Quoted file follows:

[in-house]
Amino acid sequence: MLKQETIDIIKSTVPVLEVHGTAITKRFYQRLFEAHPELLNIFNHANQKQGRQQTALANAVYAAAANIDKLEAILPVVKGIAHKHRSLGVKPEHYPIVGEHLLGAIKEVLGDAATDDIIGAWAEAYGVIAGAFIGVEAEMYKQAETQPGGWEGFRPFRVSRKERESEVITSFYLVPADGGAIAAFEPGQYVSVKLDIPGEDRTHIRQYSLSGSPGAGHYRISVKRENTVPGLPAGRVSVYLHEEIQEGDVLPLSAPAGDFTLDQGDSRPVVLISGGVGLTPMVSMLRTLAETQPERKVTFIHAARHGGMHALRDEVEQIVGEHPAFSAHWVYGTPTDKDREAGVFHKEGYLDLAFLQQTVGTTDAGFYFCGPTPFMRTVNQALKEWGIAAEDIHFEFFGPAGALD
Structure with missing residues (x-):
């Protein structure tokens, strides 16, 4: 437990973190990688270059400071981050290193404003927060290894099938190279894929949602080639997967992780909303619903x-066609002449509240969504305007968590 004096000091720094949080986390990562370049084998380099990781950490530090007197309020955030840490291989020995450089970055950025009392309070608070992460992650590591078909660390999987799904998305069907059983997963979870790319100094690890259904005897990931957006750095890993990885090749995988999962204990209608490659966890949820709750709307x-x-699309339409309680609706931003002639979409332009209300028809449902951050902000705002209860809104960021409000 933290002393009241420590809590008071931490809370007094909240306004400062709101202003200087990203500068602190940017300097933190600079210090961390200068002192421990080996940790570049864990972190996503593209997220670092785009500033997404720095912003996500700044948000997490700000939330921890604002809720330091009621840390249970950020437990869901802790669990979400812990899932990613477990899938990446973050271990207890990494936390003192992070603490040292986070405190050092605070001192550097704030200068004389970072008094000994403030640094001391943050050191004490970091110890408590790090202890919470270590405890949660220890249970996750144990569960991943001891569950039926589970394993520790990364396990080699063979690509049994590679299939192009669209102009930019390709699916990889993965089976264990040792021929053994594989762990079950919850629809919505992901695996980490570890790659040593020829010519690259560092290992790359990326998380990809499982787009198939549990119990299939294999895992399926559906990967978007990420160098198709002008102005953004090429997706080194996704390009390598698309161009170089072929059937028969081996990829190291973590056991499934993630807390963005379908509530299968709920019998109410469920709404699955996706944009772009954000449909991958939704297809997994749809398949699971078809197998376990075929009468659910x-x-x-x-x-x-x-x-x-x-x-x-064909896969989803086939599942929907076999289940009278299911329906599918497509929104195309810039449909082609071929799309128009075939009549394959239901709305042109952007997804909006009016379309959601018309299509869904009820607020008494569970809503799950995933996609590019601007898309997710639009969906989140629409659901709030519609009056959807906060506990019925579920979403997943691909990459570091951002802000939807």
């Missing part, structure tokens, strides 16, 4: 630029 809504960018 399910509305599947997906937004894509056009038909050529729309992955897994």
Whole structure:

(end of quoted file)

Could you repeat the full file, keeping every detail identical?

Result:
[in-house]
Amino acid sequence: MLKQETIDIIKSTVPVLEVHGTAITKRFYQRLFEAHPELLNIFNHANQKQGRQQTALANAVYAAAANIDKLEAILPVVKGIAHKHRSLGVKPEHYPIVGEHLLGAIKEVLGDAATDDIIGAWAEAYGVIAGAFIGVEAEMYKQAETQPGGWEGFRPFRVSRKERESEVITSFYLVPADGGAIAAFEPGQYVSVKLDIPGEDRTHIRQYSLSGSPGAGHYRISVKRENTVPGLPAGRVSVYLHEEIQEGDVLPLSAPAGDFTLDQGDSRPVVLISGGVGLTPMVSMLRTLAETQPERKVTFIHAARHGGMHALRDEVEQIVGEHPAFSAHWVYGTPTDKDREAGVFHKEGYLDLAFLQQTVGTTDAGFYFCGPTPFMRTVNQALKEWGIAAEDIHFEFFGPAGALD
Structure with missing residues (x-):
């Protein structure tokens, strides 16, 4: 437990973190990688270059400071981050290193404003927060290894099938190279894929949602080639997967992780909303619903x-066609002449509240969504305007968590 004096000091720094949080986390990562370049084998380099990781950490530090007197309020955030840490291989020995450089970055950025009392309070608070992460992650590591078909660390999987799904998305069907059983997963979870790319100094690890259904005897990931957006750095890993990885090749995988999962204990209608490659966890949820709750709307x-x-699309339409309680609706931003002639979409332009209300028809449902951050902000705002209860809104960021409000 933290002393009241420590809590008071931490809370007094909240306004400062709101202003200087990203500068602190940017300097933190600079210090961390200068002192421990080996940790570049864990972190996503593209997220670092785009500033997404720095912003996500700044948000997490700000939330921890604002809720330091009621840390249970950020437990869901802790669990979400812990899932990613477990899938990446973050271990207890990494936390003192992070603490040292986070405190050092605070001192550097704030200068004389970072008094000994403030640094001391943050050191004490970091110890408590790090202890919470270590405890949660220890249970996750144990569960991943001891569950039926589970394993520790990364396990080699063979690509049994590679299939192009669209102009930019390709699916990889993965089976264990040792021929053994594989762990079950919850629809919505992901695996980490570890790659040593020829010519690259560092290992790359990326998380990809499982787009198939549990119990299939294999895992399926559906990967978007990420160098198709002008102005953004090429997706080194996704390009390598698309161009170089072929059937028969081996990829190291973590056991499934993630807390963005379908509530299968709920019998109410469920709404699955996706944009772009954000449909991958939704297809997994749809398949699971078809197998376990075929009468659910x-x-x-x-x-x-x-x-x-x-x-x-064909896969989803086939599942929907076999289940009278299911329906599918497509929104195309810039449909082609071929799309128009075939009549394959239901709305042109952007997804909006009016379309959601018309299509869904009820607020008494569970809503799950995933996609590019601007898309997710639009969906989140629409659901709030519609009056959807906060506990019925579920979403997943691909990459570091951002802000939807």
């Missing part, structure tokens, strides 16, 4: 630029 809504960018 399910509305599947997906937004894509056009038909050529729309992955897994």
Whole structure: